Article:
INSPECT A REBUS – Why Some Of The Annoying Habits Of Modern Teenagers Are Much, Much Older Than You Think
Like a lot of people of a certain age, I’m annoyed by text messaging. Not predicative text – or auto correct as the Americans call it – although that is annoying. I have go through both “rub” and “sub” before I get to “pub”, a word I use far more frequently than either of the previous options, oddly enough. I also use the word “shit” more often than the word “shiv”, never having been incarcerated at Her Majesty’s Pleasure.
No, it’s the “R U OK. C U L8R” stuff that pisses me off. What springs to mind when I encounter it is ignorance of both language and history. Traits displayed to a tiresome degree by the older people who endlessly complain about how irritating text speak is and how it shows a decline in standards of education. Shame on you Oldies for not knowing better. Shame on you for thinking you know far more than you actually do.
See, when these youngsters appear to be tippy tapping the best years of their lives away into the ether, they are actually engaging in one of the most ancient and respected forms of communication in existence. The Rebus.
A rebus is anything where letters, numbers or pictures are used to represent words. It’s from the Latin “ Non verbis sed rebus” which translates as “Not by words, but by things”. And you don’t get a much finer pedigree than that. Egyptian hieroglyphics are rebuses, but strangely there is usually nothing substandard about the education of the Egyptologists who decipher said ancient writings.
You Oldies scoff at the rudimentary form of telephone communication, but you tittered at O.O.A.Q.I.C.I.8.2.Q.B.4.I.P. when you read it in Nigel Rees’ Graffiti Files. Ah, but that was different, you say? Indeed it was. It was scrawled on the wall of a public toilet in Margate. Pardon me for seeming a bit thick when I fail to see how that makes it more cultured or clever.
You may even have let out a little dry chuckle when you found out the solution to this little riddle, probably set by that teacher who was always trying to be a bit wacky:
YY U R
YY U B
I C U R
YY 4 me
(Too wise you are, too wise you be, I see you are too wise for me)
How long did it take you to get that when you were ten? How long did it take you to get it now, in fact? The current crop of ten year olds would get that in a split second. You bemoan their flabby brains and their lack of imagination but does the following exchange ring any bells?
That of course was an excerpt from Swedish Made Simple. If you have any marbles left rattling around in the attic, it should be your second favourite Two Ronnies sketch after the virtually perfect Four Candles. It’s certainly mine, and like you I was tickled by its ingenuity. Here it is, in the unlikely event that you have reached middle age or beyond but have never seen it:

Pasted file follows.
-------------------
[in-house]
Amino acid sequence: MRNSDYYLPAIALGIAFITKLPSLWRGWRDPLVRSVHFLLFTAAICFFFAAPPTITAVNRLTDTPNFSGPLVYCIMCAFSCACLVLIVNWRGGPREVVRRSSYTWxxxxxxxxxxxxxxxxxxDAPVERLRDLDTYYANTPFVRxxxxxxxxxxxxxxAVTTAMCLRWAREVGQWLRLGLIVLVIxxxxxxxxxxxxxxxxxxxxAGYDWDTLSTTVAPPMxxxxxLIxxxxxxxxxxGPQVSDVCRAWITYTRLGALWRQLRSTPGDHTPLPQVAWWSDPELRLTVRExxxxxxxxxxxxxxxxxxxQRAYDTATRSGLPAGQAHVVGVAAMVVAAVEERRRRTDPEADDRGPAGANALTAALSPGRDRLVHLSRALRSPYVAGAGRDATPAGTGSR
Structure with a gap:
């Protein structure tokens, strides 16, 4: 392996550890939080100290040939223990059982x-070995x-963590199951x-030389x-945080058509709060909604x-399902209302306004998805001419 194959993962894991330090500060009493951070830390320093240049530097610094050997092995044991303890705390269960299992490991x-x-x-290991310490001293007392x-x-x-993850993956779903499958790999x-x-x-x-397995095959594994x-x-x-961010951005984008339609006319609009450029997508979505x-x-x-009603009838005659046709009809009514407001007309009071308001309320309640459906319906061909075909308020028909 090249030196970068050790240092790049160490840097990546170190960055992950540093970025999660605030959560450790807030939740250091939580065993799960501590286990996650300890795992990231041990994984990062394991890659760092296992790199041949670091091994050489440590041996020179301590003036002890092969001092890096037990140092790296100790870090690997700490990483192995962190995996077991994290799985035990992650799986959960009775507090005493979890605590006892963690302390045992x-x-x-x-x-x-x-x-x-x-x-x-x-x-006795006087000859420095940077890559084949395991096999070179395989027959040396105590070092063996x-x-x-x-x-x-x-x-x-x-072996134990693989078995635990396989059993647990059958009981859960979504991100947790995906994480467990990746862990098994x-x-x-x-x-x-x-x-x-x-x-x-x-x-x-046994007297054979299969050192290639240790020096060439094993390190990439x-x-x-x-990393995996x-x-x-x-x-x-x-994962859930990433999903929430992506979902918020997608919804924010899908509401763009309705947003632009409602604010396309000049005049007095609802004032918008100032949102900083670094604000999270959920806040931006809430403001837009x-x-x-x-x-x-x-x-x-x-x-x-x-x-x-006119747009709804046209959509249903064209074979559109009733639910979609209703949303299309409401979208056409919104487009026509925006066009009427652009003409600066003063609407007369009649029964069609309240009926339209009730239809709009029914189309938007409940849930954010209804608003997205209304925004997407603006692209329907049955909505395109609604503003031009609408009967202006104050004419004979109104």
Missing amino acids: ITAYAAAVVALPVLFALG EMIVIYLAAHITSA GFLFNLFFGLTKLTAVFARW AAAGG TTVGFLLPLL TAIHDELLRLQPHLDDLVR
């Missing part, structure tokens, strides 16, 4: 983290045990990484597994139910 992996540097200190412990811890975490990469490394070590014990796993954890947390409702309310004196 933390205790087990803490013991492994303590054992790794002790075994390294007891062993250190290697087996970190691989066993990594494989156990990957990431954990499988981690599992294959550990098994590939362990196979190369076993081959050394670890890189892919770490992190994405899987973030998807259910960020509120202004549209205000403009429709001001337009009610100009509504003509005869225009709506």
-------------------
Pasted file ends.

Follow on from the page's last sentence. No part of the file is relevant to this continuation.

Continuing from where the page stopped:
It’s clever and funny right? Sexist of course, but it was written in the 70s so what do you expect?But it’s just a lengthy prototype of the modern text message. Why is it witty when the Two Ronnies do it, but a sign the dumbing down of the world when your children and grandchildren do it?
Easy answer: jealousy and self preservation. These little bastards will be blazing their trails across the world when your star, and mine, has dwindled to a lukewarm ember. It’s a reaction far older than even the rebus to make the young think they are far less capable than they actually are and that your level of knowledge and wisdom is far higher than it actually is. That way it’s far less likely that they’ll turf you out to freeze to death on the tundra when someone with teeth has to chew your food for you. So to speak.
I‘m not saying that all teenagers are latent geniuses. Well, some of them are of course, but like groups of all ages, most of them aren’t. Most of them don’t know they are using rebuses, and wouldn’t care less even if they did. I didn’t until last week when I read it in an etymology article. But give them a little credit for rediscovering an ancient tradition. They certainly weren’t taught it by us. Though allowing them to use their form of this tradition to answer actual examination papers is a step too far in my opinion.
Teachers argue that we now have a generation who can instantly access works such as Ulysses and Finnegans Wake without the usual rigmarole associated with that process. But teachers are essentially lazy creatures, and this is just an excuse not to teach them grammar, punctuation or syntax.
Young people have so many things to contend with. Mood swings, fragmented body clocks, the urge to write self indulgent poetry. These are just a few of the much better reasons to have a go at them. So please, drop the text message grump because you’re just making yourself – and by association, me – look stupid. There will be no such thing as a pension by the time I get to retirement age, and I might need someone to chew my food for me. Let’s try not to piss the youngsters off unnecessarily.
© Copyright Michael Grimes 2013